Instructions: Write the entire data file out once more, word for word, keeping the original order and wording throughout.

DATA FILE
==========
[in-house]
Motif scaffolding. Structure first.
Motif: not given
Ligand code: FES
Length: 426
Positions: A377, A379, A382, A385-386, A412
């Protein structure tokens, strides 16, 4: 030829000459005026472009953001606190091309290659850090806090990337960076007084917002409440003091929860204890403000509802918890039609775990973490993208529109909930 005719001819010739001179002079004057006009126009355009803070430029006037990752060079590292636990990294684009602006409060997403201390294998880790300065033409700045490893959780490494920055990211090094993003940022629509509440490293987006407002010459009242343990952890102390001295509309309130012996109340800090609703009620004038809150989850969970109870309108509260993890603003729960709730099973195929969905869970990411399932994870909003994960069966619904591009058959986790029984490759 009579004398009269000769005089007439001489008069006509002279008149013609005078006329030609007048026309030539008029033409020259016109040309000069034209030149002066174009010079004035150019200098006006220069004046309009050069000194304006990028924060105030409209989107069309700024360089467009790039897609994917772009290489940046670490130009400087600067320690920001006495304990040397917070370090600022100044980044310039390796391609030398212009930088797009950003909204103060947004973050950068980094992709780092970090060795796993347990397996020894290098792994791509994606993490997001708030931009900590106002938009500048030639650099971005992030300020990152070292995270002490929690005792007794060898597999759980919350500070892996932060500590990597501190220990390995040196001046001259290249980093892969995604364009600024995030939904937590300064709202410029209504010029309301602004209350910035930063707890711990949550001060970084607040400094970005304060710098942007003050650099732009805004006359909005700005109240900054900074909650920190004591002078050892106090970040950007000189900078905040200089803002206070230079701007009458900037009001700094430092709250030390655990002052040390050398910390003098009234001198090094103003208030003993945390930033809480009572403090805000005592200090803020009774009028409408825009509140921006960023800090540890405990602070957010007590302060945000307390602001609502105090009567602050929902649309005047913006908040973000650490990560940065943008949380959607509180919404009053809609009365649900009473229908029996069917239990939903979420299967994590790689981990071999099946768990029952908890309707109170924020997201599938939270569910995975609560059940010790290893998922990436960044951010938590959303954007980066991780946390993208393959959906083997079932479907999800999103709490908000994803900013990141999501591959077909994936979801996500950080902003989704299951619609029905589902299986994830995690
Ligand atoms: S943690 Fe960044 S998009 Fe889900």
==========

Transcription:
[in-house]
Motif scaffolding. Structure first.
Motif: not given
Ligand code: FES
Length: 426
Positions: A377, A379, A382, A385-386, A412
């Protein structure tokens, strides 16, 4: 030829000459005026472009953001606190091309290659850090806090990337960076007084917002409440003091929860204890403000509802918890039609775990973490993208529109909930 005719001819010739001179002079004057006009126009355009803070430029006037990752060079590292636990990294684009602006409060997403201390294998880790300065033409700045490893959780490494920055990211090094993003940022629509509440490293987006407002010459009242343990952890102390001295509309309130012996109340800090609703009620004038809150989850969970109870309108509260993890603003729960709730099973195929969905869970990411399932994870909003994960069966619904591009058959986790029984490759 009579004398009269000769005089007439001489008069006509002279008149013609005078006329030609007048026309030539008029033409020259016109040309000069034209030149002066174009010079004035150019200098006006220069004046309009050069000194304006990028924060105030409209989107069309700024360089467009790039897609994917772009290489940046670490130009400087600067320690920001006495304990040397917070370090600022100044980044310039390796391609030398212009930088797009950003909204103060947004973050950068980094992709780092970090060795796993347990397996020894290098792994791509994606993490997001708030931009900590106002938009500048030639650099971005992030300020990152070292995270002490929690005792007794060898597999759980919350500070892996932060500590990597501190220990390995040196001046001259290249980093892969995604364009600024995030939904937590300064709202410029209504010029309301602004209350910035930063707890711990949550001060970084607040400094970005304060710098942007003050650099732009805004006359909005700005109240900054900074909650920190004591002078050892106090970040950007000189900078905040200089803002206070230079701007009458900037009001700094430092709250030390655990002052040390050398910390003098009234001198090094103003208030003993945390930033809480009572403090805000005592200090803020009774009028409408825009509140921006960023800090540890405990602070957010007590302060945000307390602001609502105090009567602050929902649309005047913006908040973000650490990560940065943008949380959607509180919404009053809609009365649900009473229908029996069917239990939903979420299967994590790689981990071999099946768990029952908890309707109170924020997201599938939270569910995975609560059940010790290893998922990436960044951010938590959303954007980066991780946390993208393959959906083997079932479907999800999103709490908000994803900013990141999501591959077909994936979801996500950080902003989704299951619609029905589902299986994830995690
Ligand atoms: S943690 Fe960044 S998009 Fe889900």